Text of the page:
29-year-old Sergeant 1st Class Janina Simmons became the first black female soldier to pass the grueling 62-day Ranger School on Friday. Simmons is based out of Fort Jackson, South Carolina, and is one of only a little more than a dozen women who have completed the intense training course. Simmons now has the right to wear the coveted black and gold Ranger insignia on her uniform.
United States Army Ranger School is a 62-day long combat leadership course teaching small-unit tactics, and is open to Soldiers, Sailors, Airmen, and Marines in the U.S. Armed Forces. Most ranger candidates have to re-do at least one phase of the ultra-intense training, but Simmons made it through on the first try.
“I’m excited. It’s surreal,” Simmons said in a statement to ConnectingVets. “I’m humbled to be here…62 days of training and I made it the first time through.” She also talked about her commitment to encouraging others going through the course. “..I have to lead from the front. It’s good to speak from experience. When you have soldiers who say ‘I don’t know if I can do that,” I can say ‘well, I did it and so can you.”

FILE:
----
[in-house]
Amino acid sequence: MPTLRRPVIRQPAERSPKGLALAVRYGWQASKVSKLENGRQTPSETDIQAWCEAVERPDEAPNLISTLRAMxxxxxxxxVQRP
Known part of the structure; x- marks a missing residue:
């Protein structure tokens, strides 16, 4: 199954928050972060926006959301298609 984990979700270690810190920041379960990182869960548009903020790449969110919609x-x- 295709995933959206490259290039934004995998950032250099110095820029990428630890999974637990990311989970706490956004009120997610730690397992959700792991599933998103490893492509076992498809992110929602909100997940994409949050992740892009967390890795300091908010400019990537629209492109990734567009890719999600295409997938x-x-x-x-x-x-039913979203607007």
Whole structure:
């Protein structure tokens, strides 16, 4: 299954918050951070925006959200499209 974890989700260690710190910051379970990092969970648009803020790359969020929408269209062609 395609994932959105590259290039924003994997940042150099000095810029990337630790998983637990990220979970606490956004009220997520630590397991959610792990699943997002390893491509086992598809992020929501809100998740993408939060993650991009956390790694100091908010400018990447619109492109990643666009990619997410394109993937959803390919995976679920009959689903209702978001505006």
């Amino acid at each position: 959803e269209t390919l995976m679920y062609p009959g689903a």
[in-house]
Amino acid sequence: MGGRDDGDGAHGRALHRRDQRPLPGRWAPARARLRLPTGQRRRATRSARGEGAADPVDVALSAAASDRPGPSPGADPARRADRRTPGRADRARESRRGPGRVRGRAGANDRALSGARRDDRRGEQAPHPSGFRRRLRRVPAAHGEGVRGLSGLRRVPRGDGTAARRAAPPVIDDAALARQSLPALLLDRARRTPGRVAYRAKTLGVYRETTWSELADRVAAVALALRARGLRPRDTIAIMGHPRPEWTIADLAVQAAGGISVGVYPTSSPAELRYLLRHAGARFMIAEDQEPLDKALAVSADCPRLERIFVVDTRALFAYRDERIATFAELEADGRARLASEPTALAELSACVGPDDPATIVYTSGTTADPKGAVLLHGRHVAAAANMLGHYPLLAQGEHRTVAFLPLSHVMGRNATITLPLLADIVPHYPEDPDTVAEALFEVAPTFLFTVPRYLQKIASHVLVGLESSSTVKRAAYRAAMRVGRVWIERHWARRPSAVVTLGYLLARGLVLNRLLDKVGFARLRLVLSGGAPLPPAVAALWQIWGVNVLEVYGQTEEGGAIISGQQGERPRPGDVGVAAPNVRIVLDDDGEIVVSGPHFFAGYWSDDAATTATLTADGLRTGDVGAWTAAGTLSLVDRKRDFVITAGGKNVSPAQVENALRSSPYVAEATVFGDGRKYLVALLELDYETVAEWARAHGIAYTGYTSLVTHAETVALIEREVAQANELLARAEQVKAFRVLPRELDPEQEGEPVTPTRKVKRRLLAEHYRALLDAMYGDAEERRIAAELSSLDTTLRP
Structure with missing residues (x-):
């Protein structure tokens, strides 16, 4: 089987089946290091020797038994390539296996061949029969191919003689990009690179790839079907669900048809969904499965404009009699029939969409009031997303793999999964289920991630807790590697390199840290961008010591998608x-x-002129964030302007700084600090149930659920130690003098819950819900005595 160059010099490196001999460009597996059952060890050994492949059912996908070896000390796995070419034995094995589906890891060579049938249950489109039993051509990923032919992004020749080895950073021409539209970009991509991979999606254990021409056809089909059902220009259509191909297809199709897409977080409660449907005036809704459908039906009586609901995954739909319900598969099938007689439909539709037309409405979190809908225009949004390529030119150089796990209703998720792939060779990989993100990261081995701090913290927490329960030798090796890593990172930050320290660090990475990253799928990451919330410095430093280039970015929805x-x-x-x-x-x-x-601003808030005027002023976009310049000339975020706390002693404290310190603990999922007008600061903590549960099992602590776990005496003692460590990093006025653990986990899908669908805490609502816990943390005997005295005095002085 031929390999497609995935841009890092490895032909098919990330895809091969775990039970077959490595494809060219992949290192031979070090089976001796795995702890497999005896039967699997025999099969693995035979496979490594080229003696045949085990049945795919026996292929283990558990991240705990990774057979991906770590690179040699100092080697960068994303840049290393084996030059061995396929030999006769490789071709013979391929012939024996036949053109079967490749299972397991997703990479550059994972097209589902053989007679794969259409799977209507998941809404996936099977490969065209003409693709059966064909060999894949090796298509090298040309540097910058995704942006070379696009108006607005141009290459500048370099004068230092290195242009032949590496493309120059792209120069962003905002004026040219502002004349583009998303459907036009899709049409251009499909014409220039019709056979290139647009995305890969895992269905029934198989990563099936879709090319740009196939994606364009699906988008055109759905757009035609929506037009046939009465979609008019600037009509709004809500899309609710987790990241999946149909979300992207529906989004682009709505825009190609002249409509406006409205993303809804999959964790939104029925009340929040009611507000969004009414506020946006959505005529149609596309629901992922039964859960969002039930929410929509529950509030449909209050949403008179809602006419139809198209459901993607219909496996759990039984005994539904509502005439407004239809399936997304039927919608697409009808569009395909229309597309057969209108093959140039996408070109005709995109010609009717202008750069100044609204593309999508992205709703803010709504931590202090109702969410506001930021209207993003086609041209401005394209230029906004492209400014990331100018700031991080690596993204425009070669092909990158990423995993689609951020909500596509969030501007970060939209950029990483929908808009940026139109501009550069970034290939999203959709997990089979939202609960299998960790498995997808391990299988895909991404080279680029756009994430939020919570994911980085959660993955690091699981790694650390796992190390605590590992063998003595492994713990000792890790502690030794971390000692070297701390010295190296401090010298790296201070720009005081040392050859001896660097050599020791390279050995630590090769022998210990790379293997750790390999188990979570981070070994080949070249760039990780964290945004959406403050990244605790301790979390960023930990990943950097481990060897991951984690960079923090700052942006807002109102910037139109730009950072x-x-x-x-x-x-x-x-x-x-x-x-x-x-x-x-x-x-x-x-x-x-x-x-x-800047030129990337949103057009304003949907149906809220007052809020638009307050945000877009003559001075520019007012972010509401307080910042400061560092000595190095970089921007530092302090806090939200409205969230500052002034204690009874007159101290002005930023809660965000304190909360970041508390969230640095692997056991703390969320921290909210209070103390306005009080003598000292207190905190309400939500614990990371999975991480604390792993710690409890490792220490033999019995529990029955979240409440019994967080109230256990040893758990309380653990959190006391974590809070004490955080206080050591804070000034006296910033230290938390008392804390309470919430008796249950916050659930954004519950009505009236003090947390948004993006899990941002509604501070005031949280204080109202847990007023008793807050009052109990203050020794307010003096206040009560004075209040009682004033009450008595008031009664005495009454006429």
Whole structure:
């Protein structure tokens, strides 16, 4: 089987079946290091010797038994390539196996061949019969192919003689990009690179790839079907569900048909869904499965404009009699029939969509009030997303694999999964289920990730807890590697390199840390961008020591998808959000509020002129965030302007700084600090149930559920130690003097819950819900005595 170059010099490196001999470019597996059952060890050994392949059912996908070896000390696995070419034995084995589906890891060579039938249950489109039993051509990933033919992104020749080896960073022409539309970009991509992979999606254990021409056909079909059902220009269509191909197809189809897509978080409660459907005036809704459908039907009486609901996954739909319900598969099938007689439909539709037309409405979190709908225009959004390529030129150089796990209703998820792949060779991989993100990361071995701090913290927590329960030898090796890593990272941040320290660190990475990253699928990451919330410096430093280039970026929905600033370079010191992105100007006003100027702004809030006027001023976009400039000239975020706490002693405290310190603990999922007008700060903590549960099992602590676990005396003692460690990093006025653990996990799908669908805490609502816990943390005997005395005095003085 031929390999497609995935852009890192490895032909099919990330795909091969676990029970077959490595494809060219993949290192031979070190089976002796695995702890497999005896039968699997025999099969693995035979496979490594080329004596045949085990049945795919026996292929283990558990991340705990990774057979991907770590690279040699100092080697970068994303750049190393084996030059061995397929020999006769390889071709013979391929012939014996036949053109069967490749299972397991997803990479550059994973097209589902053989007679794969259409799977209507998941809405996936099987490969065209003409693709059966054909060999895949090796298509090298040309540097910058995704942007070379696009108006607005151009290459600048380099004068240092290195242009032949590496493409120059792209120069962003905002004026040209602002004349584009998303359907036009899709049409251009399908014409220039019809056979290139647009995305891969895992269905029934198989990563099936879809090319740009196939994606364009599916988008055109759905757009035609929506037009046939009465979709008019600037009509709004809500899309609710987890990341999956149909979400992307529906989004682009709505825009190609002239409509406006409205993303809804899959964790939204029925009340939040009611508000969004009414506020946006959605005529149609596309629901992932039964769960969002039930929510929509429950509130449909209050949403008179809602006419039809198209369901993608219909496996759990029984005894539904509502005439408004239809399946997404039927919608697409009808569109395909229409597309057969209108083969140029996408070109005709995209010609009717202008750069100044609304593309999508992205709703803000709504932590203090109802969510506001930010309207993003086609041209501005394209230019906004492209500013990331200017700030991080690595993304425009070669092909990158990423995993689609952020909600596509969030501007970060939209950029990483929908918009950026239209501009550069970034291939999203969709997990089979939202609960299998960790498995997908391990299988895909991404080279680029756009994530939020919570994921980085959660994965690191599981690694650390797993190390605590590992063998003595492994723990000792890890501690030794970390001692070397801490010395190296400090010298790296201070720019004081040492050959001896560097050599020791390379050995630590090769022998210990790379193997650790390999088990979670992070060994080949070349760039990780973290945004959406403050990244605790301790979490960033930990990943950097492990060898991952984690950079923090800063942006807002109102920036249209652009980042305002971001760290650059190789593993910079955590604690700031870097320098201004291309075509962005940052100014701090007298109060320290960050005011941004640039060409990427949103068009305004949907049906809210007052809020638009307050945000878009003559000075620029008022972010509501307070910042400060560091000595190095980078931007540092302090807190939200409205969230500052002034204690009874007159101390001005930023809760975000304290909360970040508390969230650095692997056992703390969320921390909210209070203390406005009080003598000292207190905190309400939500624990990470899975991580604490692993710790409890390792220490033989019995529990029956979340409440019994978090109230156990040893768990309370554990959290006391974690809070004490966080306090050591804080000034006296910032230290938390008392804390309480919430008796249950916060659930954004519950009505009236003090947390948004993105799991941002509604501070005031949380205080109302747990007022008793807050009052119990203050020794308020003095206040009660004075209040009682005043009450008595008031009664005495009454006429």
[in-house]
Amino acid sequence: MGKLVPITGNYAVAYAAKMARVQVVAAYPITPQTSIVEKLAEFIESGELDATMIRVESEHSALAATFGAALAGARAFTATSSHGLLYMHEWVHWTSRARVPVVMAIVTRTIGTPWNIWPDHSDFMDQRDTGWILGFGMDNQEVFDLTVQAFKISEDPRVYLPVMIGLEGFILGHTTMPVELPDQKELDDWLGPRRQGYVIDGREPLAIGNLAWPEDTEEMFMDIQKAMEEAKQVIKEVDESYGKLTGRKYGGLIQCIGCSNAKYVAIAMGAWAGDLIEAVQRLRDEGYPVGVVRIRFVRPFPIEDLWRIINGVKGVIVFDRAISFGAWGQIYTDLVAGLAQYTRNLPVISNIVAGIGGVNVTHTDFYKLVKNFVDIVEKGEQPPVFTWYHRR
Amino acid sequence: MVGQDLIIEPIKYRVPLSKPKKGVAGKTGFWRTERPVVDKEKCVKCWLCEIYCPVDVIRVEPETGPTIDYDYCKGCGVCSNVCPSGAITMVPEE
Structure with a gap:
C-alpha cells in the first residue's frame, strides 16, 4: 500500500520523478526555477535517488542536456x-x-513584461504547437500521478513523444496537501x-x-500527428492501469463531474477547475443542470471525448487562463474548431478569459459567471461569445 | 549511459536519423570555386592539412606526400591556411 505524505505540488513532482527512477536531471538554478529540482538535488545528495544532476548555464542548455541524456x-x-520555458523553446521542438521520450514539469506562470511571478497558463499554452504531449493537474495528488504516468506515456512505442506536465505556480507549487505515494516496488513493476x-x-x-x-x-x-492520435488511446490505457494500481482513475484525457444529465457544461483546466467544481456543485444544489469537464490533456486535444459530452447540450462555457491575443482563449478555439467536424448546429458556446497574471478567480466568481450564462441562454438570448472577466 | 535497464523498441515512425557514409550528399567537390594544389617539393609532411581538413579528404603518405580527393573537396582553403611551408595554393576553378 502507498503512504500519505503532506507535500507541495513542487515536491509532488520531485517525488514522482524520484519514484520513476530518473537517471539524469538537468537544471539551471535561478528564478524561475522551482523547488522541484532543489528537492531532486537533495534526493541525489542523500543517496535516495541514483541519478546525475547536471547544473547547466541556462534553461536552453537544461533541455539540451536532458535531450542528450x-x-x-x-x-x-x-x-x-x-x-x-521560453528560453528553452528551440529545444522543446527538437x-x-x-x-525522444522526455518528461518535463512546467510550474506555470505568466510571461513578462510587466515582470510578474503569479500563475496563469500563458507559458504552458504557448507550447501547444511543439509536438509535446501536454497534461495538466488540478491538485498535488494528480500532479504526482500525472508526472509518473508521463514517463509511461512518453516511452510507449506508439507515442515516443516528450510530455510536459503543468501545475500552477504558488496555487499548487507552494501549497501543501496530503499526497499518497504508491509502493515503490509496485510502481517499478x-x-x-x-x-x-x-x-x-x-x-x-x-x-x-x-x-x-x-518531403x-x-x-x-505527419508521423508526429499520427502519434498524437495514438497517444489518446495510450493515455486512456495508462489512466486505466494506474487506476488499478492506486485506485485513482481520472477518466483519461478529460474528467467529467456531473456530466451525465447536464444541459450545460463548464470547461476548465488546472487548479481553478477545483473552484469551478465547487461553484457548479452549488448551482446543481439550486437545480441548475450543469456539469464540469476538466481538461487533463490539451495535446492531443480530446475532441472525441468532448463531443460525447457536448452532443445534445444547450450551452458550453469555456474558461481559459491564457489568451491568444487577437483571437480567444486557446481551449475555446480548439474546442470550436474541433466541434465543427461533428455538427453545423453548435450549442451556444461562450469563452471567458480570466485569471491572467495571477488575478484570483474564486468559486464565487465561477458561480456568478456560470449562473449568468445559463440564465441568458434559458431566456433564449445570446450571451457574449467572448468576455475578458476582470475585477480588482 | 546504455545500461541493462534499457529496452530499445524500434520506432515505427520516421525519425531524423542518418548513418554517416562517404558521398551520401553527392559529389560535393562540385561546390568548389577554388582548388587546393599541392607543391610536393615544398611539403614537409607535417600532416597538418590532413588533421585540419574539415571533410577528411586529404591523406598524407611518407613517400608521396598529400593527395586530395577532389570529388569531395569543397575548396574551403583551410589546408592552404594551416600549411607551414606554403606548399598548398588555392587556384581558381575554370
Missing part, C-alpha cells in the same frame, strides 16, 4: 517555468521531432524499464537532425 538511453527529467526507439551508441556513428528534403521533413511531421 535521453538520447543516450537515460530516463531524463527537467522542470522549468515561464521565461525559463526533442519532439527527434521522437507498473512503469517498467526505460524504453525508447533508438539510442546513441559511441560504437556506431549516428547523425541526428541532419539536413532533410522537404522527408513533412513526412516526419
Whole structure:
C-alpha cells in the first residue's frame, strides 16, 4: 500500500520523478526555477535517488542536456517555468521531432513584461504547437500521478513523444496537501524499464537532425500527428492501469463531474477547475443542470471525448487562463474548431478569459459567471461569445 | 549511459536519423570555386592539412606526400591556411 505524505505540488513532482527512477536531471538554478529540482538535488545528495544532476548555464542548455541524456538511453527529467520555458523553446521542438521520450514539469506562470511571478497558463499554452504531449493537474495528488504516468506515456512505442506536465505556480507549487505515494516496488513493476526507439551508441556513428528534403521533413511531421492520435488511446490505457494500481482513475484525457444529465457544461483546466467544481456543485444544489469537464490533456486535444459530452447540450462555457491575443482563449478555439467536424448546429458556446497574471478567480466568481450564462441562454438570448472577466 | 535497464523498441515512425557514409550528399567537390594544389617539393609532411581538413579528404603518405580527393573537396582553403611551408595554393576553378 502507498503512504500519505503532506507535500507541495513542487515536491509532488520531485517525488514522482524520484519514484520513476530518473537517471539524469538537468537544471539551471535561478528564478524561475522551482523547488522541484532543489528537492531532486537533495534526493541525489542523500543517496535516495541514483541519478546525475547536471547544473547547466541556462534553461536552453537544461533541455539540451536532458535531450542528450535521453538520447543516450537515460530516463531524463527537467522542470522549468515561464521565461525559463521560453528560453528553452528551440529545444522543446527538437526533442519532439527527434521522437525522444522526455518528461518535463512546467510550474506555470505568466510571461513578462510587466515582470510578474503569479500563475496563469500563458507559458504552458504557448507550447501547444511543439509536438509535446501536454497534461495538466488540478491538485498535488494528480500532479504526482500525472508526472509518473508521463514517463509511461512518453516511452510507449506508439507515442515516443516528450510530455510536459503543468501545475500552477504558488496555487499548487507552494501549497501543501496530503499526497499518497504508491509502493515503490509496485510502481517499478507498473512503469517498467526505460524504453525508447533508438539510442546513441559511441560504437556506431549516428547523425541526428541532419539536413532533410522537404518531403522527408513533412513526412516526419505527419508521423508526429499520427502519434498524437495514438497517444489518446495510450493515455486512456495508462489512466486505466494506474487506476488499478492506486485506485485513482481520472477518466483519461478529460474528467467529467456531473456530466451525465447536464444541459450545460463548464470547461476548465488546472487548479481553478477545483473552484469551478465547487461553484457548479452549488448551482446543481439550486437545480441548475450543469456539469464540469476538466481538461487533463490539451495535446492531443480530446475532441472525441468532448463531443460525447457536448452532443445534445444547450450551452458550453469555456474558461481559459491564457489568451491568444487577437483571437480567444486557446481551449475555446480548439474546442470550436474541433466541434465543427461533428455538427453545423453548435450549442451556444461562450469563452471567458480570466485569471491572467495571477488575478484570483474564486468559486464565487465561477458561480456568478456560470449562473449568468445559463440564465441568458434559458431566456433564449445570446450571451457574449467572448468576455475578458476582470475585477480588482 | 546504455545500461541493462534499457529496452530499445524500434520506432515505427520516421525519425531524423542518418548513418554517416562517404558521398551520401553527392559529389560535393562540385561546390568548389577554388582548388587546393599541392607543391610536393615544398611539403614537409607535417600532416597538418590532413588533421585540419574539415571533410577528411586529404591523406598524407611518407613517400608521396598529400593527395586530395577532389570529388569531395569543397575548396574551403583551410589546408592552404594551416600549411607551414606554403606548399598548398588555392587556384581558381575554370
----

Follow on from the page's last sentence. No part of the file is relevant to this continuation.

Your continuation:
As if being the first black woman to pass Ranger school wasn’t enough, Simmons used her graduation as the perfect opportunity to propose to her girlfriend, according to PopularMilitary. Simmons girlfriend played an integral role in Simmons’ success in the Ranger program, and Simmons wrote that her partner stuck with her through the intense process. “She stuck with me and was more than supportive!! I didn’t do that!! WE did that ❤️😍💍,” she wrote online, according to PopularMilitary.
Now that Simmons passed the grueling Ranger course and is engaged, she is ready to “sit down and re-sort her goals,” since passing Ranger school had, until now, been her ultimate dream.